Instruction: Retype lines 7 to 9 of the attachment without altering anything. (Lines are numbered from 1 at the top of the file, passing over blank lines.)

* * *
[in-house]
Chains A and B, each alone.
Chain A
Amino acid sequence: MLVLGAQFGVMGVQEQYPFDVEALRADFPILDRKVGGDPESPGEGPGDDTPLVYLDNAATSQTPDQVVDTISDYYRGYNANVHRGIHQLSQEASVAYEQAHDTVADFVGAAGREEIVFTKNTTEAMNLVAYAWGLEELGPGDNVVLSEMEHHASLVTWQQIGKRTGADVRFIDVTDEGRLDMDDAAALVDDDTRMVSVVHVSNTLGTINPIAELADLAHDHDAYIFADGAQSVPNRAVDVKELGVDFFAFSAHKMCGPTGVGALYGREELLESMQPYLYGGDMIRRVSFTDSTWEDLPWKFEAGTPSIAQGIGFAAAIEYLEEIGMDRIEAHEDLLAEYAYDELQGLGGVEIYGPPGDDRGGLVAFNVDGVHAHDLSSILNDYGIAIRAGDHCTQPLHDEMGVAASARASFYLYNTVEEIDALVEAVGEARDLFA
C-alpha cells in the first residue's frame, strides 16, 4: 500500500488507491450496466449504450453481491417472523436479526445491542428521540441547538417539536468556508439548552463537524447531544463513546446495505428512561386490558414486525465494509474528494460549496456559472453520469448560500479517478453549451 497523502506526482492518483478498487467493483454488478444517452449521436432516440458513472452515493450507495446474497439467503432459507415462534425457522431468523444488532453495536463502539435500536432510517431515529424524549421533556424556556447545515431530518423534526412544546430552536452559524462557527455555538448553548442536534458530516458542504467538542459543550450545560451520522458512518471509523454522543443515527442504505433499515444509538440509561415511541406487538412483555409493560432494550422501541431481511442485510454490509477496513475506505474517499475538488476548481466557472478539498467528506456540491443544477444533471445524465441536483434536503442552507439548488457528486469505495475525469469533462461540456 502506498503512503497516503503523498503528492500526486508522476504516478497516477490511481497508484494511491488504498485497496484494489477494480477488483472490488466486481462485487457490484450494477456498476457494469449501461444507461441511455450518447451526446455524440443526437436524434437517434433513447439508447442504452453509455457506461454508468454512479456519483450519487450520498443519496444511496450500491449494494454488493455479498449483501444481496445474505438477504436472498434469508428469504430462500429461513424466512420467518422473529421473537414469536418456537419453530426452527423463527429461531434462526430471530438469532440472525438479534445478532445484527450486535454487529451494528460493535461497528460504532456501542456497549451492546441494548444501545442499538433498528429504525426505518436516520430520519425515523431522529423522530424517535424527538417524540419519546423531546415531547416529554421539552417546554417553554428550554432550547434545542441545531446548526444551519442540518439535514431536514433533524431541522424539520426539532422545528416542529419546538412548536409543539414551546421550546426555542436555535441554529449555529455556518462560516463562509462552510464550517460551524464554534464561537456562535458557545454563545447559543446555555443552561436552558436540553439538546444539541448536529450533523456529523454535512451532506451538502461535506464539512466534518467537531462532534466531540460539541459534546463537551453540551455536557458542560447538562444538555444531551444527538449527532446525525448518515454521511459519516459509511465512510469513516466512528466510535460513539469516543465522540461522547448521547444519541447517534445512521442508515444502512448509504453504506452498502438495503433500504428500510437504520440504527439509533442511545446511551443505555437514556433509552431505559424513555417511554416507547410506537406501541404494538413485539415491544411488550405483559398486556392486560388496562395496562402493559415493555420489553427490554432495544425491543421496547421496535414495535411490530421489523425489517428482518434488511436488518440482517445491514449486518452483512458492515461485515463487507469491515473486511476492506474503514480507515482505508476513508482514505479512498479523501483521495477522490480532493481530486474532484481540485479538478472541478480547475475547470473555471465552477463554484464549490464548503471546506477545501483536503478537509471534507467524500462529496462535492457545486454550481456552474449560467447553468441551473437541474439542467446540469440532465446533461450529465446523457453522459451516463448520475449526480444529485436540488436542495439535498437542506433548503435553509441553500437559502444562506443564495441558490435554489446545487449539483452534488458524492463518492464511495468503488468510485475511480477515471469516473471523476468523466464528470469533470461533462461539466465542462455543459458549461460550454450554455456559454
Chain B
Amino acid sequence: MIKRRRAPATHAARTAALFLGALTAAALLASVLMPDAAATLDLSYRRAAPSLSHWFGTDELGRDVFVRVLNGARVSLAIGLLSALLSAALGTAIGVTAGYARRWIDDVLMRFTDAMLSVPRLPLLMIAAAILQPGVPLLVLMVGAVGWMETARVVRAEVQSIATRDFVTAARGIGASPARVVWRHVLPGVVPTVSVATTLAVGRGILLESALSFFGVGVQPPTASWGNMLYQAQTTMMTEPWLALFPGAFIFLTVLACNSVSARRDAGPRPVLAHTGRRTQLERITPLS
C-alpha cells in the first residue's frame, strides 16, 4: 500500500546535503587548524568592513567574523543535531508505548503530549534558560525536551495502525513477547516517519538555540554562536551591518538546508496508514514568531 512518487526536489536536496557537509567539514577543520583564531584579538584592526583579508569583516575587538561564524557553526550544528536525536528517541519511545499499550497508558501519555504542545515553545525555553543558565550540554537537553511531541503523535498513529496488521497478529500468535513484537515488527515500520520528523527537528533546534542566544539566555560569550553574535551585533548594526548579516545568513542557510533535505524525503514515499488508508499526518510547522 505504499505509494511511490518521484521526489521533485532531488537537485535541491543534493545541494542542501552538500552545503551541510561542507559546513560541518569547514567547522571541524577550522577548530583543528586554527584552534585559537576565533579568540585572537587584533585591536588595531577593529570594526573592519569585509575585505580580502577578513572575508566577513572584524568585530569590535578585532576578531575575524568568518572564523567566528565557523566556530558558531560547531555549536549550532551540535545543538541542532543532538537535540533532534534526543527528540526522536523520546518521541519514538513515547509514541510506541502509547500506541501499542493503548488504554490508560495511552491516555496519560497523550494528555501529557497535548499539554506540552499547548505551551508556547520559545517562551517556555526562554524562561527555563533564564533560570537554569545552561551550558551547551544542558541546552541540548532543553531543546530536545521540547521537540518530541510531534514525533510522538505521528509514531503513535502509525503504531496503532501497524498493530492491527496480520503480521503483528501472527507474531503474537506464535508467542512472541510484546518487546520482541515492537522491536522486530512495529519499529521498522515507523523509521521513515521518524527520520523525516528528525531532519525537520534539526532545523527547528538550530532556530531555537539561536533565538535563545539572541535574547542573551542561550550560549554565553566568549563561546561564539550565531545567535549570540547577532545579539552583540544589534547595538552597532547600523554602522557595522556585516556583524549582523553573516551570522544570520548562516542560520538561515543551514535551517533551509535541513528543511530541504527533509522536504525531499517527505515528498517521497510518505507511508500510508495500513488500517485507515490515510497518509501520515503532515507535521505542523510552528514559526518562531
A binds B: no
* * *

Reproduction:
Amino acid sequence: MIKRRRAPATHAARTAALFLGALTAAALLASVLMPDAAATLDLSYRRAAPSLSHWFGTDELGRDVFVRVLNGARVSLAIGLLSALLSAALGTAIGVTAGYARRWIDDVLMRFTDAMLSVPRLPLLMIAAAILQPGVPLLVLMVGAVGWMETARVVRAEVQSIATRDFVTAARGIGASPARVVWRHVLPGVVPTVSVATTLAVGRGILLESALSFFGVGVQPPTASWGNMLYQAQTTMMTEPWLALFPGAFIFLTVLACNSVSARRDAGPRPVLAHTGRRTQLERITPLS
C-alpha cells in the first residue's frame, strides 16, 4: 500500500546535503587548524568592513567574523543535531508505548503530549534558560525536551495502525513477547516517519538555540554562536551591518538546508496508514514568531 512518487526536489536536496557537509567539514577543520583564531584579538584592526583579508569583516575587538561564524557553526550544528536525536528517541519511545499499550497508558501519555504542545515553545525555553543558565550540554537537553511531541503523535498513529496488521497478529500468535513484537515488527515500520520528523527537528533546534542566544539566555560569550553574535551585533548594526548579516545568513542557510533535505524525503514515499488508508499526518510547522 505504499505509494511511490518521484521526489521533485532531488537537485535541491543534493545541494542542501552538500552545503551541510561542507559546513560541518569547514567547522571541524577550522577548530583543528586554527584552534585559537576565533579568540585572537587584533585591536588595531577593529570594526573592519569585509575585505580580502577578513572575508566577513572584524568585530569590535578585532576578531575575524568568518572564523567566528565557523566556530558558531560547531555549536549550532551540535545543538541542532543532538537535540533532534534526543527528540526522536523520546518521541519514538513515547509514541510506541502509547500506541501499542493503548488504554490508560495511552491516555496519560497523550494528555501529557497535548499539554506540552499547548505551551508556547520559545517562551517556555526562554524562561527555563533564564533560570537554569545552561551550558551547551544542558541546552541540548532543553531543546530536545521540547521537540518530541510531534514525533510522538505521528509514531503513535502509525503504531496503532501497524498493530492491527496480520503480521503483528501472527507474531503474537506464535508467542512472541510484546518487546520482541515492537522491536522486530512495529519499529521498522515507523523509521521513515521518524527520520523525516528528525531532519525537520534539526532545523527547528538550530532556530531555537539561536533565538535563545539572541535574547542573551542561550550560549554565553566568549563561546561564539550565531545567535549570540547577532545579539552583540544589534547595538552597532547600523554602522557595522556585516556583524549582523553573516551570522544570520548562516542560520538561515543551514535551517533551509535541513528543511530541504527533509522536504525531499517527505515528498517521497510518505507511508500510508495500513488500517485507515490515510497518509501520515503532515507535521505542523510552528514559526518562531
A binds B: no